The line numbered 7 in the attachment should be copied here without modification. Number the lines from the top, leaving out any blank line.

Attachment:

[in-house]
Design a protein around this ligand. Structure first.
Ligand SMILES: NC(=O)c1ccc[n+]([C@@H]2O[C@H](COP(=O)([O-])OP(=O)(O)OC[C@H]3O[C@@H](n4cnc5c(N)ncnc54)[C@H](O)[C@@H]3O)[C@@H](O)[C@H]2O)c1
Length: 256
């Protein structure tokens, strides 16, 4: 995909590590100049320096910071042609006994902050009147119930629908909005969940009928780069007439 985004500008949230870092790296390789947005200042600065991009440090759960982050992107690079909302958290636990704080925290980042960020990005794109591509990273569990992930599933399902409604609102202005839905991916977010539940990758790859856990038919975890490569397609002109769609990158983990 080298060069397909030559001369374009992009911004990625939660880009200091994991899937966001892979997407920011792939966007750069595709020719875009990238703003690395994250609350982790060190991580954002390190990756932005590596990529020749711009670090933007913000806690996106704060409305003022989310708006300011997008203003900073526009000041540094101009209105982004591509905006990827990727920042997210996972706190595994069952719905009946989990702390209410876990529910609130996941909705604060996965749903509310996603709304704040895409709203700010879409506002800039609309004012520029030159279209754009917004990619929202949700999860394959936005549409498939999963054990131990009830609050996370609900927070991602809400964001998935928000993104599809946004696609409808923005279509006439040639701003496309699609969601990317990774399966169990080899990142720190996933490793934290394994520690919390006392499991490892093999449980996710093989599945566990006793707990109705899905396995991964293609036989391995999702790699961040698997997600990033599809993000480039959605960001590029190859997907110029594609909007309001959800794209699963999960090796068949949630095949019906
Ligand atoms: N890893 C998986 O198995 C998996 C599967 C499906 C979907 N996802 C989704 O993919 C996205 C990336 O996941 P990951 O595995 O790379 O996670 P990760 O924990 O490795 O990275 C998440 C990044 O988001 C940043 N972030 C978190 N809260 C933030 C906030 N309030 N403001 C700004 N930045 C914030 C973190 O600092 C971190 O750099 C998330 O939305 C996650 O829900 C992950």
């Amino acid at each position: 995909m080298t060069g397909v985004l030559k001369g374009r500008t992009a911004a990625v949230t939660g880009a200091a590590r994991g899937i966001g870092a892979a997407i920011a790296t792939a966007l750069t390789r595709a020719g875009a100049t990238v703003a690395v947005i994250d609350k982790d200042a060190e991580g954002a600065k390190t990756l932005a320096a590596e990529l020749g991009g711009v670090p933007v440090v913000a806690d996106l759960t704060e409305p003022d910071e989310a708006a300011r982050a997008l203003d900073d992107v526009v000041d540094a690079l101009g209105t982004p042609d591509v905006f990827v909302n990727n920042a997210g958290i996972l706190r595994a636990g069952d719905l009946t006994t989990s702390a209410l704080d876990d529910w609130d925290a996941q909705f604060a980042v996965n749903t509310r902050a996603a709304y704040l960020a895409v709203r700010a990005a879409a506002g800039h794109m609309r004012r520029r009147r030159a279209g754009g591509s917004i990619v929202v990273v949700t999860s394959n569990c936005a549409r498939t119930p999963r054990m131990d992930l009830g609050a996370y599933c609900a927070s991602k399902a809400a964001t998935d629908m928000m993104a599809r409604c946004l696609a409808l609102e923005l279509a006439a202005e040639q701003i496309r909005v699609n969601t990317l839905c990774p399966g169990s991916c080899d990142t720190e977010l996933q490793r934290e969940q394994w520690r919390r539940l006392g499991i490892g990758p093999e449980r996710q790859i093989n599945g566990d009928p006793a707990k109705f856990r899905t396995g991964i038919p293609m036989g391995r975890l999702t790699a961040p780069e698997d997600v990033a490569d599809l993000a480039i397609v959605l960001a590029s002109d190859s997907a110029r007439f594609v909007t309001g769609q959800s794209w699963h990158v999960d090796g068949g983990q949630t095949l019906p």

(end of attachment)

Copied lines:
């Amino acid at each position: 995909m080298t060069g397909v985004l030559k001369g374009r500008t992009a911004a990625v949230t939660g880009a200091a590590r994991g899937i966001g870092a892979a997407i920011a790296t792939a966007l750069t390789r595709a020719g875009a100049t990238v703003a690395v947005i994250d609350k982790d200042a060190e991580g954002a600065k390190t990756l932005a320096a590596e990529l020749g991009g711009v670090p933007v440090v913000a806690d996106l759960t704060e409305p003022d910071e989310a708006a300011r982050a997008l203003d900073d992107v526009v000041d540094a690079l101009g209105t982004p042609d591509v905006f990827v909302n990727n920042a997210g958290i996972l706190r595994a636990g069952d719905l009946t006994t989990s702390a209410l704080d876990d529910w609130d925290a996941q909705f604060a980042v996965n749903t509310r902050a996603a709304y704040l960020a895409v709203r700010a990005a879409a506002g800039h794109m609309r004012r520029r009147r030159a279209g754009g591509s917004i990619v929202v990273v949700t999860s394959n569990c936005a549409r498939t119930p999963r054990m131990d992930l009830g609050a996370y599933c609900a927070s991602k399902a809400a964001t998935d629908m928000m993104a599809r409604c946004l696609a409808l609102e923005l279509a006439a202005e040639q701003i496309r909005v699609n969601t990317l839905c990774p399966g169990s991916c080899d990142t720190e977010l996933q490793r934290e969940q394994w520690r919390r539940l006392g499991i490892g990758p093999e449980r996710q790859i093989n599945g566990d009928p006793a707990k109705f856990r899905t396995g991964i038919p293609m036989g391995r975890l999702t790699a961040p780069e698997d997600v990033a490569d599809l993000a480039i397609v959605l960001a590029s002109d190859s997907a110029r007439f594609v909007t309001g769609q959800s794209w699963h990158v999960d090796g068949g983990q949630t095949l019906p």